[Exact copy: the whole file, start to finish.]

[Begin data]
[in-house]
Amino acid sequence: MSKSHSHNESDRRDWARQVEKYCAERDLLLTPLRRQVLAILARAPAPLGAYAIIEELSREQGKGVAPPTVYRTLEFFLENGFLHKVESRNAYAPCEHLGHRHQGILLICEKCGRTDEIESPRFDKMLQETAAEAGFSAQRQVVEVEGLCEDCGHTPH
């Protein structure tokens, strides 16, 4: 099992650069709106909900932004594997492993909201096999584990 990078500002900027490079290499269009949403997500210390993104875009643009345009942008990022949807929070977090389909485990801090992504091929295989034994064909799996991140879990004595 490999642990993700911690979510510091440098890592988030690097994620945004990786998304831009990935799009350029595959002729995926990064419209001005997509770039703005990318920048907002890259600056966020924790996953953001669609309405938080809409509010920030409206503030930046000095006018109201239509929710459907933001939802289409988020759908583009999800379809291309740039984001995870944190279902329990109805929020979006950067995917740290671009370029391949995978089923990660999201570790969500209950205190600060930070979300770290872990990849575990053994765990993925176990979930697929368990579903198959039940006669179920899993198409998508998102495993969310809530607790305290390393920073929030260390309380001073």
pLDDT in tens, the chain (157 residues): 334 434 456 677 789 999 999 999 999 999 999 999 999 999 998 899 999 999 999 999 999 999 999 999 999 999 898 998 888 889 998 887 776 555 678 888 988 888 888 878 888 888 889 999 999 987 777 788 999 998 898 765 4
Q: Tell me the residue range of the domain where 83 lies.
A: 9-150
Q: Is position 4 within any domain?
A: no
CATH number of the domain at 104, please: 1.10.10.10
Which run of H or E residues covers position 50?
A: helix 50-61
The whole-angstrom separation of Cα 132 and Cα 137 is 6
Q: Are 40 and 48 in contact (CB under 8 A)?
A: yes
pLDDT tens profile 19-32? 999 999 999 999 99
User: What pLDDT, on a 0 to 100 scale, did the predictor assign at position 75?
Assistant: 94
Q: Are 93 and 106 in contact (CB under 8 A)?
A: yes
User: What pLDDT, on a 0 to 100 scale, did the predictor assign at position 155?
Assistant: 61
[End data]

[in-house]
Amino acid sequence: MSKSHSHNESDRRDWARQVEKYCAERDLLLTPLRRQVLAILARAPAPLGAYAIIEELSREQGKGVAPPTVYRTLEFFLENGFLHKVESRNAYAPCEHLGHRHQGILLICEKCGRTDEIESPRFDKMLQETAAEAGFSAQRQVVEVEGLCEDCGHTPH
């Protein structure tokens, strides 16, 4: 099992650069709106909900932004594997492993909201096999584990 990078500002900027490079290499269009949403997500210390993104875009643009345009942008990022949807929070977090389909485990801090992504091929295989034994064909799996991140879990004595 490999642990993700911690979510510091440098890592988030690097994620945004990786998304831009990935799009350029595959002729995926990064419209001005997509770039703005990318920048907002890259600056966020924790996953953001669609309405938080809409509010920030409206503030930046000095006018109201239509929710459907933001939802289409988020759908583009999800379809291309740039984001995870944190279902329990109805929020979006950067995917740290671009370029391949995978089923990660999201570790969500209950205190600060930070979300770290872990990849575990053994765990993925176990979930697929368990579903198959039940006669179920899993198409998508998102495993969310809530607790305290390393920073929030260390309380001073």
pLDDT in tens, the chain (157 residues): 334 434 456 677 789 999 999 999 999 999 999 999 999 999 998 899 999 999 999 999 999 999 999 999 999 999 898 998 888 889 998 887 776 555 678 888 988 888 888 878 888 888 889 999 999 987 777 788 999 998 898 765 4
Q: Tell me the residue range of the domain where 83 lies.
A: 9-150
Q: Is position 4 within any domain?
A: no
CATH number of the domain at 104, please: 1.10.10.10
Which run of H or E residues covers position 50?
A: helix 50-61
The whole-angstrom separation of Cα 132 and Cα 137 is 6
Q: Are 40 and 48 in contact (CB under 8 A)?
A: yes
pLDDT tens profile 19-32? 999 999 999 999 99
User: What pLDDT, on a 0 to 100 scale, did the predictor assign at position 75?
Assistant: 94
Q: Are 93 and 106 in contact (CB under 8 A)?
A: yes
User: What pLDDT, on a 0 to 100 scale, did the predictor assign at position 155?
Assistant: 61